Solopreneurship seems to be the career of the new decade post-recession.
More and more individuals are taking on freelance, contract, and part-time positions to perform work and fill positions that were once occupied by six-figure salaried workers. Unemployment continues to be at historical highs, however for those laid off during the recession, many decided to take the reigns themselves, and start working for themselves as a one-person company.
At first, solopreneurship may sound like an unglamorous position that is created out of necessity rather than desire; however, there are many benefits that may outweigh the cons.
First, you are your own boss, and you have the creative freedom to take on projects that you want to. No more bosses shoving unwanted work on your desk. Secondly, solopreneurship allows you to focus on the things that you love to do that perhaps you wouldn't get to do in a more formal corporate position. Further, many solopreneurs can work from where they want, especially freelancing IT and web development gurus. However, even sales and marketing contractors are free to work from where they are based with out ever having to commute into an office.
Solopreneurs are self-motivators who enjoy the freedom and benefits that come for working for themselves. They thrive on the ability to work on different projects, being creative and flexible, and most importantly creating opportunities for themselves. Solopreneurs are go-getters who get out from behind their desk to find interesting clients to work with that greatly benefit from their skill sets.
Solopreneurs are nothing new. Independent financial advisors are solopreneurs and many outsource administrative tasks to virtual assistants. Many IT and software developers work as freelancers and have generated significant income for themselves as more and more firms move to develop digital tools and websites for their business. Photographers, contractors, and independent consultants have long thrived as working as solopreneurs.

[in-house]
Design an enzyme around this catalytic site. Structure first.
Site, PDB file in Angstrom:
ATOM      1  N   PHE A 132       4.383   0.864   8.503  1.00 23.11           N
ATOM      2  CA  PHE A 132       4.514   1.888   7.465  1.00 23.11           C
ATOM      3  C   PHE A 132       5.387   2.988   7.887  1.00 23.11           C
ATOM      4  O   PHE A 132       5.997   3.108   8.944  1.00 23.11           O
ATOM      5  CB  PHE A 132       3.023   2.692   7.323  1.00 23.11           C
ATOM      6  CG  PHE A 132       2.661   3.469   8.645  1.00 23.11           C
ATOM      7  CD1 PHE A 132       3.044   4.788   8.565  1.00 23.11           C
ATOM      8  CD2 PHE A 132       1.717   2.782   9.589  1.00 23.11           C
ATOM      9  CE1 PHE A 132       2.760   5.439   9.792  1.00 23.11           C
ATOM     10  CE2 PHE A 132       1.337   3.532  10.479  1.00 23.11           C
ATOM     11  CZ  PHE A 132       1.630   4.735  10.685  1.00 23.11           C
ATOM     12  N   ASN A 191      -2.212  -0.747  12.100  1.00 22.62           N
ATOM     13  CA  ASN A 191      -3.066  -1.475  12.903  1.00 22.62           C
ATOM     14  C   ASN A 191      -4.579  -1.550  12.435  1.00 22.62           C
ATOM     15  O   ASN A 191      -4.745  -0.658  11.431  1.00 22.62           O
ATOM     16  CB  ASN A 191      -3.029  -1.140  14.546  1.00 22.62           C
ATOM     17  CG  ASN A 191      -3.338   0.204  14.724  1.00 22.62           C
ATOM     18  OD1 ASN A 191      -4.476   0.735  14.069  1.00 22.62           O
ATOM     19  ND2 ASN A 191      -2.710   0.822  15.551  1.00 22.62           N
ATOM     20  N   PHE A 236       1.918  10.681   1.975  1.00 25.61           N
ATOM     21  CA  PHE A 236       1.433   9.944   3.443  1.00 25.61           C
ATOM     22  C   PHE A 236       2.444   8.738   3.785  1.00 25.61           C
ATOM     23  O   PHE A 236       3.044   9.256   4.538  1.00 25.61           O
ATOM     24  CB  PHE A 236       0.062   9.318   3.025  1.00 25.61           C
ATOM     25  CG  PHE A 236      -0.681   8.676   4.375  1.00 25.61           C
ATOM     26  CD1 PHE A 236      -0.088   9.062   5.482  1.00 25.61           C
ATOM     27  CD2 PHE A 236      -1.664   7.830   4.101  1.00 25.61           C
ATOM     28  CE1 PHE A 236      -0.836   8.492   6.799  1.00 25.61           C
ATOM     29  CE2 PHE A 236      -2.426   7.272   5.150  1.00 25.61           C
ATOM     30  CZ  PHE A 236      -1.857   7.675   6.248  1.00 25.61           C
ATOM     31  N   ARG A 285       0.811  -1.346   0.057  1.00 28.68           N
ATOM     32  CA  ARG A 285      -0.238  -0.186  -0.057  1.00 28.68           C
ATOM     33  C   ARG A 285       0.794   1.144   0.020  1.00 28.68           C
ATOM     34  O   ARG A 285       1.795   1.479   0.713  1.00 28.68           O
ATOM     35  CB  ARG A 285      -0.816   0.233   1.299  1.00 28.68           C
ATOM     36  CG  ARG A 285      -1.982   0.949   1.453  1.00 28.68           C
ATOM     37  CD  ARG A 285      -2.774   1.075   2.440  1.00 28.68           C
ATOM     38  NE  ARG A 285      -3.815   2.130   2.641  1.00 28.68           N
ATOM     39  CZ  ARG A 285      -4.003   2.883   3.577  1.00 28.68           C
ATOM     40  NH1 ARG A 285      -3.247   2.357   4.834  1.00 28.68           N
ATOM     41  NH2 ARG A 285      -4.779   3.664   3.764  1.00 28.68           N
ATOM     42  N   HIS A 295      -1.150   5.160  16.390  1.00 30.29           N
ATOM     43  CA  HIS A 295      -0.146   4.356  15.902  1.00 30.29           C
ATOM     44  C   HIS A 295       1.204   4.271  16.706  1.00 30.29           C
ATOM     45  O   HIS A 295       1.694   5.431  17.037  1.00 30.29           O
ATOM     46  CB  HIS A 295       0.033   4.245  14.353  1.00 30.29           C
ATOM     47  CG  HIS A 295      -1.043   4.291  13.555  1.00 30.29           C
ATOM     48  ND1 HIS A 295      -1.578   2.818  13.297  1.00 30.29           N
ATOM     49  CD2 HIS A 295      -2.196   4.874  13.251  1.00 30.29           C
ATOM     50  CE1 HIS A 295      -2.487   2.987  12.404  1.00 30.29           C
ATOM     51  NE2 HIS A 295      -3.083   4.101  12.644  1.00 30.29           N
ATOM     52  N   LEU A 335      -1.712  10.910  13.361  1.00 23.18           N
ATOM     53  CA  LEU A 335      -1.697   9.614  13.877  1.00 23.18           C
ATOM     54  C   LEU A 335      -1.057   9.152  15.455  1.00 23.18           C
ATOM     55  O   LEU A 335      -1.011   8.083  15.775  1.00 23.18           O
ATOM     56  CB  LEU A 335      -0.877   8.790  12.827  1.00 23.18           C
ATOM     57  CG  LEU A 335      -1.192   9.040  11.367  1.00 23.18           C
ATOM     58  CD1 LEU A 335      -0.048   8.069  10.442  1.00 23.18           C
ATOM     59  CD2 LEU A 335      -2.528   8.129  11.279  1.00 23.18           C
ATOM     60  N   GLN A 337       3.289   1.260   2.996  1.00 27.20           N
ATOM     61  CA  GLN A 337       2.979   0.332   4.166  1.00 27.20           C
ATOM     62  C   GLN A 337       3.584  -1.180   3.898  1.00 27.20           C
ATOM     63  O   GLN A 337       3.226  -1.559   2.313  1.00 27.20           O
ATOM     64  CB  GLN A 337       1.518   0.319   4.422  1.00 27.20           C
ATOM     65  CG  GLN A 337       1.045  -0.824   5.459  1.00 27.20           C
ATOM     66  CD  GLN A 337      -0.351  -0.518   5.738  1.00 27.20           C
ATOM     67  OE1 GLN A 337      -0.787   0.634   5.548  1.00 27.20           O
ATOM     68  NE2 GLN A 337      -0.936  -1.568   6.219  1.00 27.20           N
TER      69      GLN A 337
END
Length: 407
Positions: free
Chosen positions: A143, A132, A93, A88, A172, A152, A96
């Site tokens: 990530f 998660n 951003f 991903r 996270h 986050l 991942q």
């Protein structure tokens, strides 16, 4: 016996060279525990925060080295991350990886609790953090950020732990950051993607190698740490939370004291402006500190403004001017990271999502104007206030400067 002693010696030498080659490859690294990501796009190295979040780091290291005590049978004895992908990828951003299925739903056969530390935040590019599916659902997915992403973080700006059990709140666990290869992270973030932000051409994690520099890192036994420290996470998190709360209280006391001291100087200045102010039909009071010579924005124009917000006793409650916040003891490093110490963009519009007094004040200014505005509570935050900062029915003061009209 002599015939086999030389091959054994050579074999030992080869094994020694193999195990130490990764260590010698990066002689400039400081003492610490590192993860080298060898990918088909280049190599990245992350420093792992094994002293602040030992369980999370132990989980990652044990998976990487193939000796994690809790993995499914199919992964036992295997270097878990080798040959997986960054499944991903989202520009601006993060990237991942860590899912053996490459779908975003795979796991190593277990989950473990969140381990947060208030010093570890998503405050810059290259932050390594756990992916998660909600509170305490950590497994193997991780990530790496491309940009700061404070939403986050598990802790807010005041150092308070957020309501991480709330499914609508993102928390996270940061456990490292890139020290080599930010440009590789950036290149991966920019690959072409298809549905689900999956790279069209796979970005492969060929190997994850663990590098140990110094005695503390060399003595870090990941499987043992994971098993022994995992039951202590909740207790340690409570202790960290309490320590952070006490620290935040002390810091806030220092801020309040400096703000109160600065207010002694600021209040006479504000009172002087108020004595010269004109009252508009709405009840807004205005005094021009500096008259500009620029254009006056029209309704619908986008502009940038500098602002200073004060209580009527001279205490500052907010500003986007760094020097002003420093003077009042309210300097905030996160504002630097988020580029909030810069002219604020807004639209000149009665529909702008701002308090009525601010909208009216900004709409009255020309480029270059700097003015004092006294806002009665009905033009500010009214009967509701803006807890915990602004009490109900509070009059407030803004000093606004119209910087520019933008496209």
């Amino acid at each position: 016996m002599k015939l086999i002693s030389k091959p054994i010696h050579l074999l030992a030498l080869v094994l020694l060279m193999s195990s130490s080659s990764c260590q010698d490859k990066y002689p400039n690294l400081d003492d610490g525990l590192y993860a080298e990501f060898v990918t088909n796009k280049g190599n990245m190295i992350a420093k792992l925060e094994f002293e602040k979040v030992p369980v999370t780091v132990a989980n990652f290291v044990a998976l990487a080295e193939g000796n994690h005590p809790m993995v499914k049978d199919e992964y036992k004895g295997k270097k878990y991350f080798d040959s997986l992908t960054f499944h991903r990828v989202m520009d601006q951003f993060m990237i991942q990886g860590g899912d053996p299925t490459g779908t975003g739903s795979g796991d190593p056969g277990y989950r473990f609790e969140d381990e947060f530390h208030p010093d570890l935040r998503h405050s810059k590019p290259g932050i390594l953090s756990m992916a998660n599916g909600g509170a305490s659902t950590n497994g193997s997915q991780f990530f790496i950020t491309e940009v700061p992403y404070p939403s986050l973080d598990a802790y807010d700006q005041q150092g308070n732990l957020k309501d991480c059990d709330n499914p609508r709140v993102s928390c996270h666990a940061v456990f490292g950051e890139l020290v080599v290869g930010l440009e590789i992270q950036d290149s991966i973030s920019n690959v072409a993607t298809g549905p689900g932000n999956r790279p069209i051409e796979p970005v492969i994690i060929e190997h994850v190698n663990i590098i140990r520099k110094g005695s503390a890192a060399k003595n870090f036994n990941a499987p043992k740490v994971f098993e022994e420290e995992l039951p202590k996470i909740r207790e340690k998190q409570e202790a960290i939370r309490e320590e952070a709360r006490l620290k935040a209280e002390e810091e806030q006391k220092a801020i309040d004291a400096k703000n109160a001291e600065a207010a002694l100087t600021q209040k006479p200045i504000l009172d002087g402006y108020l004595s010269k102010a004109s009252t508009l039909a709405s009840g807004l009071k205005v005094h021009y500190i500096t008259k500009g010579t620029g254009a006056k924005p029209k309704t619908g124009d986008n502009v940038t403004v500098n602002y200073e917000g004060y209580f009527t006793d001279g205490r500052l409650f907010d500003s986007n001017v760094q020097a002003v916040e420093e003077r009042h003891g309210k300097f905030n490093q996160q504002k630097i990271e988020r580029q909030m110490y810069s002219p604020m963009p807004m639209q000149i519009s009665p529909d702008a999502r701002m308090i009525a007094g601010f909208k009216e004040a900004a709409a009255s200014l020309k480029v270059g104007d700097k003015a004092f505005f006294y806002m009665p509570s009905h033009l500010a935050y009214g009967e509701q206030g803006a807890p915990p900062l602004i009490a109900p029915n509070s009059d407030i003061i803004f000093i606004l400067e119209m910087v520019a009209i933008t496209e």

Solopreneurship doesn't have to be eternal. Solopreneurship usually starts off with one person working with many clients, but as their client base grows, adds more and more employees to their firm to help manage the workload. The best part of solopreneurship is you can control whether or not you want to grow and expand your business. Many solopreneurs choose not to expand and instead continue to focus on serving their client base as best they can and are happy doing what they are doing and who they are working with. Growth can often times complicate something that is very simple and fun, to something that becomes complex and requires more day to day management.
Unlike formal corporations, growth is not the ultimate goal of solopreneurs. Rather it is about finding an opportunity to provide others with value based on your skill sets and know how and getting to enjoy what you do on a daily basis as well as enjoying the perks that come with working with and by yourself.